In the North of Laos there lies a sleepy city named “Royal Buddha Image” or Luang Prabang as it is marked on the map. Every year it is bustling with action as it hosts the Luang Prabang Film Festival (LPFF). The festival has been an annual event promoting Southeast Asian film for last seven years in a town that does not even have its own cinema. We had a chat with the festival director and here is what he had to say:
(TACB): The Luang Prabang Film Festival started seven years ago, what was the biggest challenge back then?
In the beginning, one of the biggest challenges was just explaining to Lao people what a film festival was! They had never seen one before, and couldn’t quite wrap their heads around it. And that goes for our sponsors, too. They just didn’t know what they would be investing in. Now, with the growing popularity of the event, people who I never thought would be affected by the festival know the schedule backwards and forwards.
(TACB): You could watch SE Asian film industry evolving for last seven years, what are the biggest changes you see?
Southeast Asian film is now more visible than ever. Just this year, there were three high-profile Southeast Asian films at Cannes–films that have gone on to sweep awards all over the world. There is a growing cohesiveness among the Southeast Asian film community, with more and more cross-border collaboration and mutual support.
(TACB): How do you see the future of SE Asian film?
We are on the cusp of Southeast Asian cinema’s moment. The industry in Southeast Asia is still relatively small compared to other global film industries, but it has seen rapid growth in the past five years. More funding and international networking opportunities have begun to crop up, like the Southeast Asian Film Financing (SAFF) Project Market in Singapore and LPFF’s Talent Lab for Southeast Asian filmmakers led by the Tribeca Film Institute. With this growing support, Southeast Asian film will only increase in quality and gain more recognition internationally–the recognition it rightly deserves.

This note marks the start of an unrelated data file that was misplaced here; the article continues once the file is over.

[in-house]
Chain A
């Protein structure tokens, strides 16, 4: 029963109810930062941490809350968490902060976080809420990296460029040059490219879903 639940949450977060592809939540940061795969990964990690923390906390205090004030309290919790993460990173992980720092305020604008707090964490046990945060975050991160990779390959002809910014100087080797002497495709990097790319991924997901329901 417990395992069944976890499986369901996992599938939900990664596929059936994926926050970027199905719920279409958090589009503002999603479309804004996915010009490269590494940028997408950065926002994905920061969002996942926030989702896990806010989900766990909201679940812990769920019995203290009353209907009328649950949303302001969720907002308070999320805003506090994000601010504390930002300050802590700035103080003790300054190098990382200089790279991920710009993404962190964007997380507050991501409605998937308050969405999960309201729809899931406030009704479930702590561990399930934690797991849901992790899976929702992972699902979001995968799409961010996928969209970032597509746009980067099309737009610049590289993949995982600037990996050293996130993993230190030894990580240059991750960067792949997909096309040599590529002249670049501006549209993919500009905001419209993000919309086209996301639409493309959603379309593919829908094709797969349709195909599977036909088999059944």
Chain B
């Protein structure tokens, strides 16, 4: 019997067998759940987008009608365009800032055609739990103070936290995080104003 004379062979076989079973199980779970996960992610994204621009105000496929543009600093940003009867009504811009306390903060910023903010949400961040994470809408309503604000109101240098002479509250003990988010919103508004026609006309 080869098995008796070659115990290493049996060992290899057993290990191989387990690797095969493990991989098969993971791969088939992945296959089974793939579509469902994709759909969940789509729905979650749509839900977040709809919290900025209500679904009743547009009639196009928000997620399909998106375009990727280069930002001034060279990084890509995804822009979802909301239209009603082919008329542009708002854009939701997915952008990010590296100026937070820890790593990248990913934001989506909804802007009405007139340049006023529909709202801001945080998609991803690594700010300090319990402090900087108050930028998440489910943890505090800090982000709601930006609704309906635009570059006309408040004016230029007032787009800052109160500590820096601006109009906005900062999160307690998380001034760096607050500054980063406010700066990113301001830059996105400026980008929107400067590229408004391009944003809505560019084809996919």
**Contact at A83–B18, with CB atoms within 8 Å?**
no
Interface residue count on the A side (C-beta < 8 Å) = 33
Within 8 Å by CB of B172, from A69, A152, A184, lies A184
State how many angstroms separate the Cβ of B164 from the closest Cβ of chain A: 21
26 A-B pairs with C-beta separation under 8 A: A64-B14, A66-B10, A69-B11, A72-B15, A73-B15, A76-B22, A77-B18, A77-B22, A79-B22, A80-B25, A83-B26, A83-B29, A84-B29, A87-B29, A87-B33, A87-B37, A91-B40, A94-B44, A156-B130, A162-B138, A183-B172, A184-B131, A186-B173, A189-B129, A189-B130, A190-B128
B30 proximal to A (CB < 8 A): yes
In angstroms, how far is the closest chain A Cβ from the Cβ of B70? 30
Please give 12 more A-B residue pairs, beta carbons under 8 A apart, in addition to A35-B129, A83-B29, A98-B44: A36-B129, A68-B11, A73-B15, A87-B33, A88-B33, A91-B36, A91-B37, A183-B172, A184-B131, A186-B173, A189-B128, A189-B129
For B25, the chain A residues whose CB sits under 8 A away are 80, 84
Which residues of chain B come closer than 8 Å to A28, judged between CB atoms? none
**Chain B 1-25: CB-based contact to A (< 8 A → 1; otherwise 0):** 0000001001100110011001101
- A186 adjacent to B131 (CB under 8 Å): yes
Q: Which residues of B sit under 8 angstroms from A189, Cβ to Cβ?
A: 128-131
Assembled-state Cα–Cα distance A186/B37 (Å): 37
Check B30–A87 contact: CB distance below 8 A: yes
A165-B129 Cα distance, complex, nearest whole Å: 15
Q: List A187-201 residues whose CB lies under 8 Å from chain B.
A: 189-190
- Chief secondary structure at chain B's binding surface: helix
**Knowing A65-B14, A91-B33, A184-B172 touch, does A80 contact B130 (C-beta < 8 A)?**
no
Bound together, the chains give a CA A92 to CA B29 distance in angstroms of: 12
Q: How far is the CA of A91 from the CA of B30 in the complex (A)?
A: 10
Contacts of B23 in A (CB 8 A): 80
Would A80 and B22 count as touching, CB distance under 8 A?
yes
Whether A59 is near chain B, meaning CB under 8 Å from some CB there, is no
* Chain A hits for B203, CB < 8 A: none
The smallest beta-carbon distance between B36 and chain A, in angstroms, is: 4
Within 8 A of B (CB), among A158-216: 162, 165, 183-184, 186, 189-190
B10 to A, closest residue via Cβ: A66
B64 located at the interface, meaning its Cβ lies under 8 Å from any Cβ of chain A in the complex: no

(TACB): What do you think is the role of film and filmmaking in broader cultural and historical context of SE Asian nations?
This question is difficult, as Southeast Asia as a region eludes definition, and the roles of film and filmmaking vary greatly across Southeast Asian nations. In Thailand and the Philippines, for instance, where film production is much more established, cinemas are more common and films get much broader audiences. Here in Laos, however, people almost exclusively watch Thai movies, both because of the closeness of the Thai and Lao languages and because of Thailand’s comparably more developed film industry. One of LPFF’s goals is to get Laos to develop its own film industry and, in turn, its national voice. Lao audiences, like the audiences in any Southeast Asian nation, deserve to see films that come out of–and can speak to the nuances of–the nation’s own cultural and historical context.
This year the festival will run 2-7 December 2016.
The feature films in the 2016 festival program are:
|A Copy of My Mind (Indonesia)*
A Yellow Bird (Singapore)
About a Woman (Indonesia)
The Anniversary (Laos)*
Apocalypse Child (Philippines)*
Back to the 90s (Thailand)
Banana Pancakes and the Children of Sticky Rice (Laos)*
Before the Fall (Cambodia)*
Cambodian Son (Cambodia)*
City of Jade (Myanmar)
Diamond Island (Cambodia)*
The Down (Thailand)*
Finding Phong (Vietnam)*
Fundamentally Happy (Singapore)*
|Joking Jazz 4G (Thailand)
Louis Loves Baitong (Laos)*
Love Forever (Laos)*
Ma’ Rosa (Philippines)
May Who? (Thailand)
Ola Bola (Malaysia)
Question of Faith (Indonesia)*
The Return (Singapore)
The River Flows (Laos)*
Sweet Twenty (Vietnam)*
There’s No Forever (Philippines)
Y/Our Music (Thailand)*
*Films with confirmed directors, producers, or actors in attendance.
All screenings and activities of the festival are free and open to the public – and there will be a lot of additional activities besides the film screening.
More information: lpfilmfest.org
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